Gardens: Pollinator gardens 4, 5, and 6 are slated to be brought to life in years 4 and 5. I’m hoping to have a “crew” on the farm during the summers─consisting of my own 2 boys, as well as an apprentice and maybe the occasional WOOFER. With extra hands and a careful plan, I hope to get a base start on the gardens which can then can be added to, improved and cultivated in the years to come.

More birdhouses, educational plaques: I aspire to spend time during every winter building a birdhouse or two, to attract new creatures or grow an existing population. I’m hoping my boys might take an interest in woodworking too, but even if they don’t I’ll add to my collection of birdhouses, bat houses, and butterfly houses every year. The plaques will be sited throughout the property identifying the different gardens and habitats, providing information to educate guests. I’m leaning towards having these professionally done.

Education Center: Sharing what I’ve learned about nature, bees and pollinators, and living a more self-sufficient and sustainable lifestyle is important to me. Teaching other people to be more bee-friendly has long been a driving force within Runamuk, and with a forever-farm home of our own we can finally begin to get serious about it. I picture a cordwood structure where I can host groups, families, or children on a class trip for workshops or special events. This structure may or may not be hexagonal like a honeycomb lol; I haven’t decided yet.

inspect your nucleus coloniesIn Pencil

There you have it folks. The 5 year plan for Runamuk at the Swinging Bridge Farm. The first 2-3 years are fairly clear, beyond that it’s harder to predict what will be important. Life is full of unexpected twists and turns that all have an impact on our day to day existence. It’s impossible to know what lies ahead. That’s why I like to write my 5 year plans in pencil; so I can make changes when necessary. I’ve learned that the ability to remain flexible─to pivot when circumstances dictate─is an advantageous skill crucial to success.

Through it all I will continue to keep bees, expanding my apiary (more bees! more bees!), producing my own Queens and raising overwintered nucleus colonies for myself and for sale to local beekeepers. I will keep making beeswax soaps and herbal salves, and we will still have chickens for egg production─we’ll just have more chickens lol. The income the farm makes from those operations will be supplemented by some vegetable and seedling sales, and through sponsorship of this blog. None of that will change really, only intensify.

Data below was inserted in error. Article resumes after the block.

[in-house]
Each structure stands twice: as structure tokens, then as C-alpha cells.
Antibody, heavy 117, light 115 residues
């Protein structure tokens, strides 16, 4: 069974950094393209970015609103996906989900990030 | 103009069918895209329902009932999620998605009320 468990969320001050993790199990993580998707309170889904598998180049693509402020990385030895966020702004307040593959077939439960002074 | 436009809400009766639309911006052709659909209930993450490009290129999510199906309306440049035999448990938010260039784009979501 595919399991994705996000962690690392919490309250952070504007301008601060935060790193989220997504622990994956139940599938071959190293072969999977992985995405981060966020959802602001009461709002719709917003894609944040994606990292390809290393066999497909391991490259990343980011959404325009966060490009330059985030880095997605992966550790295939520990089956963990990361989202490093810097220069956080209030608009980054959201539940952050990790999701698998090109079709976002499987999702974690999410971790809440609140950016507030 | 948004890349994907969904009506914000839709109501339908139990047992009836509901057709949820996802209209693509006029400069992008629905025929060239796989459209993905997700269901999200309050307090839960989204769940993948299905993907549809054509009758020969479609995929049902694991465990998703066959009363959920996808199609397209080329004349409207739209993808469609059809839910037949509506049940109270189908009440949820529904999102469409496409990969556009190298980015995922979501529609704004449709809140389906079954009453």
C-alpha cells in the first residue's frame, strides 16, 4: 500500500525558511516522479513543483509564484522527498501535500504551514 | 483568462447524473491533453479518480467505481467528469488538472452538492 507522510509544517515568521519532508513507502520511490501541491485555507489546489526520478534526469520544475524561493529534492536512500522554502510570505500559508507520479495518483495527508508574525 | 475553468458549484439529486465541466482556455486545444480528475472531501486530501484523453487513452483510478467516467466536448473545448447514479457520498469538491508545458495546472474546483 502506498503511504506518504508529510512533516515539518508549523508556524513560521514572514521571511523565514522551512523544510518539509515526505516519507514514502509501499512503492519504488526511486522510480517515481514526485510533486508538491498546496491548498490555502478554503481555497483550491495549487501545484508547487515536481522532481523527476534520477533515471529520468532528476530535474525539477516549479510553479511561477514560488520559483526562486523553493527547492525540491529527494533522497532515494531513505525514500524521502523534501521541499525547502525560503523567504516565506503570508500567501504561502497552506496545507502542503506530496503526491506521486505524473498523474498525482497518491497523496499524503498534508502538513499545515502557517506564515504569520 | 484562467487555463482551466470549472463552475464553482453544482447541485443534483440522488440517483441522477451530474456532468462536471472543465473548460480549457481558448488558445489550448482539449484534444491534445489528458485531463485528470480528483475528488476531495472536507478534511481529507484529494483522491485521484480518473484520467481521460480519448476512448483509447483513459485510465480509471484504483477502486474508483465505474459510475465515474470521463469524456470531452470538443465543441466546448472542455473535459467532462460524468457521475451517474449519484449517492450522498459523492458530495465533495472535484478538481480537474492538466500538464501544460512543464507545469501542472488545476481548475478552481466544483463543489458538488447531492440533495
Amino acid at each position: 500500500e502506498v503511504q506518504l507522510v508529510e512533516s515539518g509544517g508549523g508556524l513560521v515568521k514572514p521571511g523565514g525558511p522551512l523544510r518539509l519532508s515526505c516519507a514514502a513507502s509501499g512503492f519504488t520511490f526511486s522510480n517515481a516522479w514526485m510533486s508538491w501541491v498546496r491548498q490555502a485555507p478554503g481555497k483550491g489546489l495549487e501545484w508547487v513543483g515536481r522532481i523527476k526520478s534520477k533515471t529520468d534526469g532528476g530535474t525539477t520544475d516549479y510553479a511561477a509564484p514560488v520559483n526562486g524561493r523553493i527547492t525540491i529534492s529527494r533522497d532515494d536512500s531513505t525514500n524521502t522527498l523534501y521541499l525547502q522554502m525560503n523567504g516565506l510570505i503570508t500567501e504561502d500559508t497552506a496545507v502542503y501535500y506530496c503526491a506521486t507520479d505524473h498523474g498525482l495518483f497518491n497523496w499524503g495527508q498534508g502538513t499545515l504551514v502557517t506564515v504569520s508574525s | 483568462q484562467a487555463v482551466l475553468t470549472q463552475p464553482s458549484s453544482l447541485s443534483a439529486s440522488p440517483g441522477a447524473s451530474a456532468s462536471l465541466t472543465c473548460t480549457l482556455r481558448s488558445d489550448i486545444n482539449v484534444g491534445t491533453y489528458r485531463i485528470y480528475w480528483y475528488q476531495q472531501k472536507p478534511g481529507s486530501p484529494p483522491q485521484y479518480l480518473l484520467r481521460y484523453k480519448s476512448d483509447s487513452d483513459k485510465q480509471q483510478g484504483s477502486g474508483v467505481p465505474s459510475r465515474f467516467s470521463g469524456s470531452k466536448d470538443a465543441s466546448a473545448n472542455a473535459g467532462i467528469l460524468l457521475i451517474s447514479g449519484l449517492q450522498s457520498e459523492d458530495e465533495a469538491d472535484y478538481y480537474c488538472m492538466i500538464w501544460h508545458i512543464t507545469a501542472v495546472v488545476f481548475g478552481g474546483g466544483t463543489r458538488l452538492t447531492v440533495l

As of right now, the plan is to continue working seasonally and part-time at Johnny’s Selected Seeds to help cover my personal living expenses, which Runamuk does not pay for. I’m expecting to be trekking back and forth to the office for the next 2-3 years until I can grow my income from farming and writing to the point where I no longer need the off-farm job.

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No where have I included my intention to publish my first book. I’m hoping that with the security and space SBF offers, I’ll finally be able to begin working on the first of what I hope will be many books: both fictional and non-fiction. That would be something new…. But as an untried author I can’t justify including a book in the official plan, and I definitely can’t depend on it as a source of income. This project is on the list, it’s just not penciled in.

We’re on the cusp of a new adventure, something really epic─worthy almost of a Tolkien-style saga. It’s all so exhilarating, but the journey can’t officially get under way until we Close on the sale of the Swinging Bridge Farm. I’m focused right now on just getting through January and this bitter cold, one day at a time. Soon this new leg of my journey as a farmer will begin; I know it won’t be easy, but I’m absolutely positive it will all be worth it.

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You may be wondering what’s next for Runamuk now that we’re buying a farm. When will we move? What are we going to do with the new property? Will we get goats and put up a high tunnel to start making cheese and growing high value tomato crops hydroponically? What’s the plan, Sam? Read on as we look ahead to 2018.

Share your thoughts, comments or questions!

Runamuk Acres Conservation Farm